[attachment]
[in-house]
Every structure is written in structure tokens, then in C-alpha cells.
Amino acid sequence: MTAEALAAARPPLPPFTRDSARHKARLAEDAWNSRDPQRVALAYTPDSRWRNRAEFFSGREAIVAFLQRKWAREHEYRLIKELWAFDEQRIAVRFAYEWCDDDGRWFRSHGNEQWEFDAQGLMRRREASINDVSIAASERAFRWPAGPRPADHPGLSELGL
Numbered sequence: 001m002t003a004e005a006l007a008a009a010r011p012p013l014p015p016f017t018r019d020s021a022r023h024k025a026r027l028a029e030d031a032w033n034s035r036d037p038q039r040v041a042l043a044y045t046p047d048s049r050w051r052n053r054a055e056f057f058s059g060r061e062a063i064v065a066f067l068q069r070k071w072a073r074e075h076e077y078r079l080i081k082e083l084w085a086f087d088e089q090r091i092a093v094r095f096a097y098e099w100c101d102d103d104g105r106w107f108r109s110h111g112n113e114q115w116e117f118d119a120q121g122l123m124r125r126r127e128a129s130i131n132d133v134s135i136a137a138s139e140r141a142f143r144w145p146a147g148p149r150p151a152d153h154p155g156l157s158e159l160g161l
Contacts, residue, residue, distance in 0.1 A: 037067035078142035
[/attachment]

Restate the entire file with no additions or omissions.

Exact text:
[in-house]
Every structure is written in structure tokens, then in C-alpha cells.
Amino acid sequence: MTAEALAAARPPLPPFTRDSARHKARLAEDAWNSRDPQRVALAYTPDSRWRNRAEFFSGREAIVAFLQRKWAREHEYRLIKELWAFDEQRIAVRFAYEWCDDDGRWFRSHGNEQWEFDAQGLMRRREASINDVSIAASERAFRWPAGPRPADHPGLSELGL
Numbered sequence: 001m002t003a004e005a006l007a008a009a010r011p012p013l014p015p016f017t018r019d020s021a022r023h024k025a026r027l028a029e030d031a032w033n034s035r036d037p038q039r040v041a042l043a044y045t046p047d048s049r050w051r052n053r054a055e056f057f058s059g060r061e062a063i064v065a066f067l068q069r070k071w072a073r074e075h076e077y078r079l080i081k082e083l084w085a086f087d088e089q090r091i092a093v094r095f096a097y098e099w100c101d102d103d104g105r106w107f108r109s110h111g112n113e114q115w116e117f118d119a120q121g122l123m124r125r126r127e128a129s130i131n132d133v134s135i136a137a138s139e140r141a142f143r144w145p146a147g148p149r150p151a152d153h154p155g156l157s158e159l160g161l
Contacts, residue, residue, distance in 0.1 A: 037067035078142035